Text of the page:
Materials used in ESLs vs. dust - diyAudio
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Old 22nd June 2007, 10:48 AM   #1
oshifis is offline oshifis  Hungary
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Default Materials used in ESLs vs. dust

Have you ever thought about what insulators are good at constructing HV devices, like ESLs? I mean some materials do not attract dust at all (e.g. wood, ceramics, vax), while others do (e.g. glass, paper, most plastics).
Finding the right materials for cable insulation, structural construction, dust cover would eliminate the need of disassembling the ESL from time to time and dust them internally. I do this for my Quad ESLs every two year or so. Same for the TV set. I vaguely remember something from chemistry lectures at school that there are polarized and apolarized materials, but no more.
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Old 22nd June 2007, 01:35 PM   #2
SY is offline SY  United States
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Interesting question. If something can hold a charge stably on its surface, it won't be a dust collector. Unfilled plastics are an example of things that DO hold a stable charge. Ditto for glass. Wood doesn't, but that's because wood has a small amount of electrical conductivity (charges spread and migrate); it's fine for frames, but a lousy insulator material. Same for paper.
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Old 22nd June 2007, 05:41 PM   #3
oshifis is offline oshifis  Hungary
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Some very good insulator plastics collect dust, orhers don't. Same for glass: my TV screen gets dusty very rapidly, but I've never seen a dusty ceramic isolator. There should be something in the material structure - any chemists out there?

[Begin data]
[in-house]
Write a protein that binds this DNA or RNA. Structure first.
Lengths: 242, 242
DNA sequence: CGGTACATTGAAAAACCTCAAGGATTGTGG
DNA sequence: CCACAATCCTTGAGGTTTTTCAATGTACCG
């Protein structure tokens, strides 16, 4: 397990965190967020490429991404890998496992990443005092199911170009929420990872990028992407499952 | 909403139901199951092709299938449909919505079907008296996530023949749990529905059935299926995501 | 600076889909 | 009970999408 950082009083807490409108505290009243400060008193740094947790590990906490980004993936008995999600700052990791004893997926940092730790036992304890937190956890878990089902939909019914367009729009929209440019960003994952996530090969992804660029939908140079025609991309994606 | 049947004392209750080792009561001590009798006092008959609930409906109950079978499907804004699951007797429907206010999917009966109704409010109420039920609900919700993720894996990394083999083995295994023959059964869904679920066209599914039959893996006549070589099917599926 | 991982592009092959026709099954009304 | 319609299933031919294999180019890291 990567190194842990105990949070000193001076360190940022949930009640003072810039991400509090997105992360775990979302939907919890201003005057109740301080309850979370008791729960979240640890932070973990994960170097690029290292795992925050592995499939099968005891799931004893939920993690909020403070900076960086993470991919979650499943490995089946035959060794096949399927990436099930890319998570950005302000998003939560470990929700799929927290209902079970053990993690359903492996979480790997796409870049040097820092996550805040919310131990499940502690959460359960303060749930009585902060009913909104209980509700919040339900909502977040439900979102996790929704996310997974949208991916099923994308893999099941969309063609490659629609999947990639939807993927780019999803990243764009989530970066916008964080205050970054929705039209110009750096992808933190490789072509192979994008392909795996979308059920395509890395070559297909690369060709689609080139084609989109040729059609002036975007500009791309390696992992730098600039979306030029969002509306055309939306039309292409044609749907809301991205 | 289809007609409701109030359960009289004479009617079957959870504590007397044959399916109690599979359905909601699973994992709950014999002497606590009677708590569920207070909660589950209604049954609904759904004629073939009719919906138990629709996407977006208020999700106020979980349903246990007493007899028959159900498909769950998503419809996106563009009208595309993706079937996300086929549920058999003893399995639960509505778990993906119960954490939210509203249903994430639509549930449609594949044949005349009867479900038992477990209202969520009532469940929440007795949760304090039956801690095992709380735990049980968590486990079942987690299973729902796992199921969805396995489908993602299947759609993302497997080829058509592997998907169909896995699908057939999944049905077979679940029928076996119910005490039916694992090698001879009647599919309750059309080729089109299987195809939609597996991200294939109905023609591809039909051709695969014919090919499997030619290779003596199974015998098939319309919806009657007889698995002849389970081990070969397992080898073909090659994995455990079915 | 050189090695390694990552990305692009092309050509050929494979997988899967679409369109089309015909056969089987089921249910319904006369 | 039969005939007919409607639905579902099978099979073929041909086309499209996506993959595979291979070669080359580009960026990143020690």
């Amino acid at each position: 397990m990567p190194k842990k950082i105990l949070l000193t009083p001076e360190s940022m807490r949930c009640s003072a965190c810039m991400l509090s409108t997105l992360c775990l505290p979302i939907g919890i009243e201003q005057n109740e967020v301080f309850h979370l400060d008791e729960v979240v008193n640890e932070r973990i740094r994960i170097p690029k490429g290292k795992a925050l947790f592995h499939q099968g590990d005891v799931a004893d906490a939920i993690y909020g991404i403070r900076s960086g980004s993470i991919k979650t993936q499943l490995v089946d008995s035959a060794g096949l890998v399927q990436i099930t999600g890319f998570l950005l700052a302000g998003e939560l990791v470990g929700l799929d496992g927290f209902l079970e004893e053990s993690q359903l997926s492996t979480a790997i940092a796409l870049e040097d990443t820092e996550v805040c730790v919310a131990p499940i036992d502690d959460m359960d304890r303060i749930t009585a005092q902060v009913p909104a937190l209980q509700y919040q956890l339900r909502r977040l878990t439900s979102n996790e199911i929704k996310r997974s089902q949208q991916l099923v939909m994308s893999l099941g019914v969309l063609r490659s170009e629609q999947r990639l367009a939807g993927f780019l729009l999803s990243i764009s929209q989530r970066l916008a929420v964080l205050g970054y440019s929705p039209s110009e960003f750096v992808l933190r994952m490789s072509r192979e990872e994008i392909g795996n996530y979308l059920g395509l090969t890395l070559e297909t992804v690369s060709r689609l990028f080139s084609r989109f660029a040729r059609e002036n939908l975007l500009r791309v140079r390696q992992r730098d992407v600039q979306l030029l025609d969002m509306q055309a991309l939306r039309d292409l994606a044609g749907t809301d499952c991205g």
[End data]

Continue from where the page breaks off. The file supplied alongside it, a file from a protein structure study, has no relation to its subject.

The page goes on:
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Old 22nd June 2007, 05:54 PM   #4
SY is offline SY  United States
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Actually, I am a chemist.

Whether or not you see dust on ceramics depends on the particular ceramic material. Some can stabilize charges easily (high K materials, for instance), some can't. Nearly any non-hygroscopic plastic will attract dust unless there are antistat additives- polymer polarizability allows charge stabilization but poor mobility. In my plastics business, we have to firmly ground everything that the plastics rub against during transport (pipes, hoppers, bins, silos), otherwise the triboelectric effects, charge stabilization, and poor mobility all come together in a perfect storm- we've had some pretty impressive lightning bolts from ungrounded hoppers...
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Old 22nd June 2007, 05:56 PM   #5
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Default Acoustat's solution...

Jim Strickland's solution has been mentioned before and is worth repeating.
Simple solution to the dust collecting issue. Most of the time the air has a positive charge. This does vary with weather conditions but is true most of the time. So Jim simply chose to use a positive supply voltage to charge the diphragms. Acoustat's have no dust cover and after owning a number of sets I would have to agree that they just don't need one.
After 15-20 years the diaphragm will build up contaminants which will slowly bleed off a little charge. This is not a major issue but if you wish you could wash the panels with a combination of detergent and degreasing agent. Allow the rinsed clean panels to fully dry and you are set to go again.
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Old 22nd June 2007, 07:14 PM   #6
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Dust covers on ESLs will keep dust out of them for many years.

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Old 23rd June 2007, 06:04 PM   #7
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Perhaps a once over with one of these brushes will help....

http://www.angelfire.com/electronic/...rad/brush.html

The company that produces these is literally only a few miles away from me.

http://www.nrdstaticcontrol.com/
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Old 18th July 2007, 01:40 PM   #8
tade is offline tade  United States
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The material is inconsequential, all that is important is a charge difference. if you have a difference of 3,000 volts inside your esl, however slightly positive the air is etc, is moot. and yes it is possible to have a charge difference between associated with teflon, and wood, and glass, and human hair, and dog doo...
Basically an esl is a little particle accelerator : )
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